The rate of obesity worldwide continues to climb and is an important comorbid condition in those with heart failure. Visceral fat is a metabolically active tissue that produces various pro-inflammatory and pro-thrombotic cytokines, which can have a substantial impact on the physiology of those with overweight/obesity. Using a combination of behavior change, pharmacotherapies, and surgical techniques as needed, individuals with heart failure can reach and maintain a healthy weight and have a higher quality of life.
‘Diabesity’—combined adverse health effects from both obesity and diabetes—impacts up to 33% of patients with HFpEF.[vii] Just as obesity continues to climb globally, diabetes is also on a steep increase and is a contributor to the development of heart failure through a variety of mechanisms. In those over 65 with type 2 diabetes, once heart failure is established, mortality risk increases tenfold, and five-year survival drops to 12.5%.[viii]
More detailed information about these topics is available by watching the recorded sessions on PCNA’s online learning library.
This informative program highlights the impact that nurses play on quality of life and improved outcomes for patients with every stage of heart failure, thanks to the educator aspect of nurses’ roles and responsibilities to patients and their family members. Lifelong learning is essential to continuing to update healthcare professional knowledge and skills, with the goal of ensuring that patients and families receive the most up-to-date GDMT and education, and effective partnership with the healthcare team.
PCNA’s 4th annual Heart Failure Summit is slated for late 2023. PCNA is grateful to the 2022 Heart Failure Summit sponsors, Abbott Laboratories, Merck Sharpe & Dohme Corp., Novartis Pharmaceuticals Corporation, and Pfizer-Merck Alliance, for showing their support of the role that nurses play in the education and management of this vulnerable patient population.
[i] Virani SS, Alonso A, Aparicio HJ, et al; on behalf of the American Heart Association Council on Epidemiology and Prevention Statistics Committee and Stroke Statistics Subcommittee. Heart disease and stroke statistics—2021 update: a report from the American Heart Association. Circulation. 2021;143:e254–e743. doi: 10.1161/CIR.0000000000000950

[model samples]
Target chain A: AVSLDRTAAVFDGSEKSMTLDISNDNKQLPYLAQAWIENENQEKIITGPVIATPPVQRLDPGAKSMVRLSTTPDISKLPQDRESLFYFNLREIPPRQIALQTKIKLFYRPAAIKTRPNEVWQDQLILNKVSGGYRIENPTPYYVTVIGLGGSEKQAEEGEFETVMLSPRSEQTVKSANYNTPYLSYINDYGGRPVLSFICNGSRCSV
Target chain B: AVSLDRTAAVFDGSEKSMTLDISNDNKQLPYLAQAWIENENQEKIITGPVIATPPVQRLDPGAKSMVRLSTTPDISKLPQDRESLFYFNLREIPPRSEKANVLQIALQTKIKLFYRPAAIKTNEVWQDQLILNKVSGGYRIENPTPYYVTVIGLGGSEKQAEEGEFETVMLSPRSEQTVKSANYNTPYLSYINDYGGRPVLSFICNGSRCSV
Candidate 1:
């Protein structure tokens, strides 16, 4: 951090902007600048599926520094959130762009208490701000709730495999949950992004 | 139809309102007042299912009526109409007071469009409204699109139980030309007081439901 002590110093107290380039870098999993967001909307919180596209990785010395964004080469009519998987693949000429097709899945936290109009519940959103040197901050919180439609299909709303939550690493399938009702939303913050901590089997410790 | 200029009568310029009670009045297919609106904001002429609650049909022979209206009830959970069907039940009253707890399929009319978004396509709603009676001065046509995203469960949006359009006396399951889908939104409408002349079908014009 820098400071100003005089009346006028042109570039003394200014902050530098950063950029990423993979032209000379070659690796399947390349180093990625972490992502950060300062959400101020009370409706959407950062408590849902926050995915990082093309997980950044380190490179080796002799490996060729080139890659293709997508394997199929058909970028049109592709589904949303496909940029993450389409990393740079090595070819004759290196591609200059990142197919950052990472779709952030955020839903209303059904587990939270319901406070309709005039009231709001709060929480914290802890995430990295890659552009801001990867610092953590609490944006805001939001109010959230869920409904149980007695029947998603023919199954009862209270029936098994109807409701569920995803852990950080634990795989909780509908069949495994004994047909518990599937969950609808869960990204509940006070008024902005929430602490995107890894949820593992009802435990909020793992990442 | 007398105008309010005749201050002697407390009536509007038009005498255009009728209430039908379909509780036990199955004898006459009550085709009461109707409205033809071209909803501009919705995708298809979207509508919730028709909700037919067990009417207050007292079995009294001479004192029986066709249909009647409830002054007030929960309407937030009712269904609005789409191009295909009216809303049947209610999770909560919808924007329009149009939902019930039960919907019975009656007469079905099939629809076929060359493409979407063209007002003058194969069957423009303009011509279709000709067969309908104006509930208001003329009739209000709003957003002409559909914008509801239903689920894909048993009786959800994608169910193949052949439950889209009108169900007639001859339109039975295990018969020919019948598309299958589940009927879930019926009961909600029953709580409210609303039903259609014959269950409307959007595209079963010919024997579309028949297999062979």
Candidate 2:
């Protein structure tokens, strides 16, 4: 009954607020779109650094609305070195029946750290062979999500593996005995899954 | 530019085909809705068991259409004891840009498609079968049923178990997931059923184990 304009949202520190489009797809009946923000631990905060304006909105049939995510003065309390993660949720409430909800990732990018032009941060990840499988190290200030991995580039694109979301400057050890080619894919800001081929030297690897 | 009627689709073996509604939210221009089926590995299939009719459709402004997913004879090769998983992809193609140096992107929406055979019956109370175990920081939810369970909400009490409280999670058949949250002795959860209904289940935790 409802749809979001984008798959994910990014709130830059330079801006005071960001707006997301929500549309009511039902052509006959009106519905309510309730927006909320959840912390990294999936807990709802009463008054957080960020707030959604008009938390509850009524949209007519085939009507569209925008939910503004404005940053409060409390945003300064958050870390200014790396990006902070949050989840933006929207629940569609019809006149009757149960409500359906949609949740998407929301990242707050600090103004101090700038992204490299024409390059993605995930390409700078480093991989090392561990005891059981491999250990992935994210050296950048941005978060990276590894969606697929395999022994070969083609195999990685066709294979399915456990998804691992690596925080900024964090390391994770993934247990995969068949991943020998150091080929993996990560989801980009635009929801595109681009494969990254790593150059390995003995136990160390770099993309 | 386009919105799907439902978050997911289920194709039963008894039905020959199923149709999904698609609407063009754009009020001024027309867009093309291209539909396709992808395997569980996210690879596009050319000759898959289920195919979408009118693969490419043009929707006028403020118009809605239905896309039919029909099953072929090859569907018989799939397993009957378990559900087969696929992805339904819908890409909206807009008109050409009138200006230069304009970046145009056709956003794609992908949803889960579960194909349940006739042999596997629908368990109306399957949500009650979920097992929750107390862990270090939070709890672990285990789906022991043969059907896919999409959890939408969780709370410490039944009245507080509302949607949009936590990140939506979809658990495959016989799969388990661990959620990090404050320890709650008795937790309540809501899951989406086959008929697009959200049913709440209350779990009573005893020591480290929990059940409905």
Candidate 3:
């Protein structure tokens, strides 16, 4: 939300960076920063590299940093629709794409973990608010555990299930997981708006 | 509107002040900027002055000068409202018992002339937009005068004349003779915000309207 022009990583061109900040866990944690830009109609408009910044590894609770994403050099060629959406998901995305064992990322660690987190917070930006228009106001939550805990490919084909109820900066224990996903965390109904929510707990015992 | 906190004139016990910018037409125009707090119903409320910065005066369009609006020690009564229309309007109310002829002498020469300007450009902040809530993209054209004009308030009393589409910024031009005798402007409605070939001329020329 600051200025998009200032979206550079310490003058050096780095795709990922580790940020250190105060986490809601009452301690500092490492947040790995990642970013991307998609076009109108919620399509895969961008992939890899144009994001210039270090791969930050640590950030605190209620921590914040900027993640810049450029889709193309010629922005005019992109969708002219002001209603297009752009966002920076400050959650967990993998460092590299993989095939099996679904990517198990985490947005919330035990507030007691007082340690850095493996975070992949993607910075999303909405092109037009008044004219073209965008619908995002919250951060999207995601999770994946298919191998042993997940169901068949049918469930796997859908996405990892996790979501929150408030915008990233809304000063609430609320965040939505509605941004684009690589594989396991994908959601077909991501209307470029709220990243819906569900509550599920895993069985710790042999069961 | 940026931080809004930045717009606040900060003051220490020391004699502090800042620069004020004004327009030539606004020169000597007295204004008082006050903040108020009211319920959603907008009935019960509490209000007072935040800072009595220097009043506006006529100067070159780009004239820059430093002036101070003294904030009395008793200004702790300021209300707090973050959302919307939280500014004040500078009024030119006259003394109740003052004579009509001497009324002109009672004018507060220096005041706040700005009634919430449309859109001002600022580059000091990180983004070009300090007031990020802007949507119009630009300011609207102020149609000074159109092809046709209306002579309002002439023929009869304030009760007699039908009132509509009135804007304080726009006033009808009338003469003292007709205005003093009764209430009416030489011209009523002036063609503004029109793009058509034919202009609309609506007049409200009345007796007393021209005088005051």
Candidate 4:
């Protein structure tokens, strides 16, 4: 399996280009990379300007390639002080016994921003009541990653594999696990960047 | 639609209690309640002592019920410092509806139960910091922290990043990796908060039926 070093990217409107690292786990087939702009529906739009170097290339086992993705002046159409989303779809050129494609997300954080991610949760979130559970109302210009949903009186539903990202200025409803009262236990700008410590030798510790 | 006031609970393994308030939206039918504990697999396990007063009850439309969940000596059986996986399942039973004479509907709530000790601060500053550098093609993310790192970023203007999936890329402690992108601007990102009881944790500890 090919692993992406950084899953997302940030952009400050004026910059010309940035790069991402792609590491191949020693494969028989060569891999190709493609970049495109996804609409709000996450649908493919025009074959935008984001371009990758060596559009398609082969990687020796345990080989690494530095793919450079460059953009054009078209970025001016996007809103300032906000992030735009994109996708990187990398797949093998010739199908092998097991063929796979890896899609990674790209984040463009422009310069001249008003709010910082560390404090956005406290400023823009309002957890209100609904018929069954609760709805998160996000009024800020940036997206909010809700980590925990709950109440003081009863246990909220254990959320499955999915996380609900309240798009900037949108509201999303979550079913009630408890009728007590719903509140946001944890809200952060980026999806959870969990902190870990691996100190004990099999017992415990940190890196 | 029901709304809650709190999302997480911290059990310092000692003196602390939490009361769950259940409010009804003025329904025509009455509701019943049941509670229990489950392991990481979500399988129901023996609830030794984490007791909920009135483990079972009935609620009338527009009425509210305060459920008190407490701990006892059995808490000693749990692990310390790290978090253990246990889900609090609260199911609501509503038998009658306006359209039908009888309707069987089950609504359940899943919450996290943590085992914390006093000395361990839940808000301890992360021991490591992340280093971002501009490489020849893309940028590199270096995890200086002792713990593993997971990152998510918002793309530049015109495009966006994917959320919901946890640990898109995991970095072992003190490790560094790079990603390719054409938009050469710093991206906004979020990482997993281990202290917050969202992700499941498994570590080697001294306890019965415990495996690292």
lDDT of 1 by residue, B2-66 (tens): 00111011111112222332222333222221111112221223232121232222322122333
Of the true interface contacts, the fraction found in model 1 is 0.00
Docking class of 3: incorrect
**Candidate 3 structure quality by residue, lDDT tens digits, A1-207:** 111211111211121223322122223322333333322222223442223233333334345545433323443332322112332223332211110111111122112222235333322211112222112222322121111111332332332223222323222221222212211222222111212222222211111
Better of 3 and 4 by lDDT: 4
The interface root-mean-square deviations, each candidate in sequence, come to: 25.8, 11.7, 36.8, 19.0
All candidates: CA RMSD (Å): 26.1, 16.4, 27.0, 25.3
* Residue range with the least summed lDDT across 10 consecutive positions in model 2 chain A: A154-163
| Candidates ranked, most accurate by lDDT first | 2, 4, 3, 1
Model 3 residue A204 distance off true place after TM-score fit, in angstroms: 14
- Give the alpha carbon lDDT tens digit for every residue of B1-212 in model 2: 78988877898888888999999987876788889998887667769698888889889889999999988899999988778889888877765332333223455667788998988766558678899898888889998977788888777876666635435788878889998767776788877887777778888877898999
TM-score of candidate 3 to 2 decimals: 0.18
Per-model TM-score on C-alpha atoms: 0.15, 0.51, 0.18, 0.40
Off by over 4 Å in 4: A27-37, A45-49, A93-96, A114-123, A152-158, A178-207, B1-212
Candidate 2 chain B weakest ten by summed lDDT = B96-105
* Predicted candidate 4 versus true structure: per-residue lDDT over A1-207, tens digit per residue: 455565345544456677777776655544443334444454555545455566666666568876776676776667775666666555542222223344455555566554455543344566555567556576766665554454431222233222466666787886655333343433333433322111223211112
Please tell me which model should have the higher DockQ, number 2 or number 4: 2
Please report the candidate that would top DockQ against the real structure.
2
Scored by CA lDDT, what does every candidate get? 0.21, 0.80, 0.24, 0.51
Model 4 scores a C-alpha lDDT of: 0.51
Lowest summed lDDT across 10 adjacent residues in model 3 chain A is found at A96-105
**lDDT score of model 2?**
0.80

[ii] Dharmarajan K, Hsieh AF, Lin Z., et al. Diagnoses and timing of 30-day readmissions after hospitalization for heart failure, acute myocardial infarction, or pneumonia. JAMA. 23 January 2013;309(4):355-63. doi: 10.1001/jama.2012.216476
[iii] Khan MS, Sreenivasan J, Lateef N, et al. Trends in 30- and 90-Day Readmission Rates for Heart Failure. Circulation: Heart Failure. 2021;14:e08335. doi: 10.1161/CIRCHEARTFAILURE.121.008335
[iv] Ranasinghe I., et al., (2014). Readmissions after hospitalization for heart failure, acute myocardial infarction, or pneumonia among young and middle-aged adults: A retrospective observational cohort study PLOS Medicine, 11(9), e100173. https://journals.plos.org/plosmedicine/article?id=10.1371/journal.pmed.1001737
[v] Mwansa H, Lewsey S, Mazimba S, Breathett K. Racial/Ethnic and Gender Disparities in Heart Failure with Reduced Ejection Fractino. Curr Heart Fail Rep. 2021;18(2):41-51. doi: 10.1007/s11897-021-00502-5
[vii] Ng A, Delgado V, Borlaug BA, Bax JJ. Diabesity: the combined burden of obesity and diabetes on heart disease and the role of imaging. Nature Reviews Cardiology. 2021;18:291-304.
[viii] Dunlay SM, Giverts MM, Aquilar D, et al. Type 2 Diabetes Mellitus and Heart Failure: A Scientific Statement from the American Heart Association and the Heart Failure Society of America: This statement does not represent an update of the 2017 ACC/AHA/HFSA heart failure guideline update. Circ. 2019;140(7):e294-e234. doi: 10.1161/CIR.0000000000000691